Issue: H.J. Res. 98 Disapprove raising Debt Ceiling. Relating to the disapproval of the President’s exercise of authority to increase the debt limit, as submitted under section 3101A of title 31, United States Code, on January 12, 2012. Question: On Motion to Proceed to Consider.
Result: Rejected: 44 – 52, 4 not voting.
Bill Summary: H.J. Res. 98, if enacted into law, would have prevented an increase in the national debt ceiling.
Analysis: As part of the debt ceiling deal agreed to in August (see House Roll Call 690 (S.365) (8/1/11) Budget Control Act of 2011, the debt ceiling would be raised by $2.1 or more in stages corresponding to agreed cuts in ten-year spending. This amount was expected to tide the federal appetite over until after the 2012 elections.
However, the agreement also included a disapproval process for the interim debt increases when the debt threatened to bump against the ceiling. The disapproval process had little teeth. Congress (i.e., both houses) would have to enact a joint resolution disapproving the increase to block it – an unlikely event with the Republicans controlling the House, the Democrats the Senate, and the White House able to veto the resolution.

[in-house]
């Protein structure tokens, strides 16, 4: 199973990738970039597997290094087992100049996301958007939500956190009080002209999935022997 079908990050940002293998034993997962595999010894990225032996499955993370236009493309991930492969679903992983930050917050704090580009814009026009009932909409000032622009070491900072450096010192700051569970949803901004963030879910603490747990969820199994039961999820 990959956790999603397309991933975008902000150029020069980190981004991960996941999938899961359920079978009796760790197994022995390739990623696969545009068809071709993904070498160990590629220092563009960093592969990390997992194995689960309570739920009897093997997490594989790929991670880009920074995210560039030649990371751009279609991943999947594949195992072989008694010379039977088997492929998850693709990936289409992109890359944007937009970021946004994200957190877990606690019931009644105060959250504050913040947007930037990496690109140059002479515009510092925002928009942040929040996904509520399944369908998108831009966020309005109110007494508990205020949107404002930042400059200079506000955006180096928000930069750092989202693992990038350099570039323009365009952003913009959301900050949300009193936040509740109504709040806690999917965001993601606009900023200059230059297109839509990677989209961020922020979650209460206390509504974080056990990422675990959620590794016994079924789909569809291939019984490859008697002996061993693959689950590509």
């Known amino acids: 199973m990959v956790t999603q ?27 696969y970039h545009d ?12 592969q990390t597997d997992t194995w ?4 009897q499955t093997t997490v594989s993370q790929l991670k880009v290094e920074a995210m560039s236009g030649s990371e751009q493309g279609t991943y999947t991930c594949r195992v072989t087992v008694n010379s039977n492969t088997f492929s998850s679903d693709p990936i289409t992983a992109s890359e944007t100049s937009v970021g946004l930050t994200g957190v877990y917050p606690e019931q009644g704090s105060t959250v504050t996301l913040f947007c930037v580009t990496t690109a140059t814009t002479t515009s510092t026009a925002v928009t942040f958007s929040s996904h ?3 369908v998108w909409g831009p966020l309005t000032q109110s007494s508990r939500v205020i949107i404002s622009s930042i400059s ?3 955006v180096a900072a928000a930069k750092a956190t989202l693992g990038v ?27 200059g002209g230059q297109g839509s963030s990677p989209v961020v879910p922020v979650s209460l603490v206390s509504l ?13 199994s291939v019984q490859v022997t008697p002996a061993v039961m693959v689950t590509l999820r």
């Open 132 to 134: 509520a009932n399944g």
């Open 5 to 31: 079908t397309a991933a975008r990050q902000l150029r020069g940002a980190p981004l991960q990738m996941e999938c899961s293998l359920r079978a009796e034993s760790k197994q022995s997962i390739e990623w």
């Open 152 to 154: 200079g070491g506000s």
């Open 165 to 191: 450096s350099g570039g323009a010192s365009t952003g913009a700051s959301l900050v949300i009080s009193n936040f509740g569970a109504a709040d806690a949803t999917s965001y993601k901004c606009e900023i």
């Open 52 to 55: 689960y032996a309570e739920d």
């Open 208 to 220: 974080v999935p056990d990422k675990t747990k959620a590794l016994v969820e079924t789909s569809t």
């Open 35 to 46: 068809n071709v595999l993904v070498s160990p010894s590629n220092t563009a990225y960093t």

So the almost unanimous vote by Senate Republicans to block the debt increase was mostly posturing. However, we give credit to the two Democrats (Joe Manchin from West Virginia and Ben Nelson from Nebraska) who bucked their party leadership and registered their disapproval of raising the limit.
We have assigned (good vote) to the Yeas and (bad vote) to the Nays. (P = voted present; ? = not voting; blank = not listed on roll call.)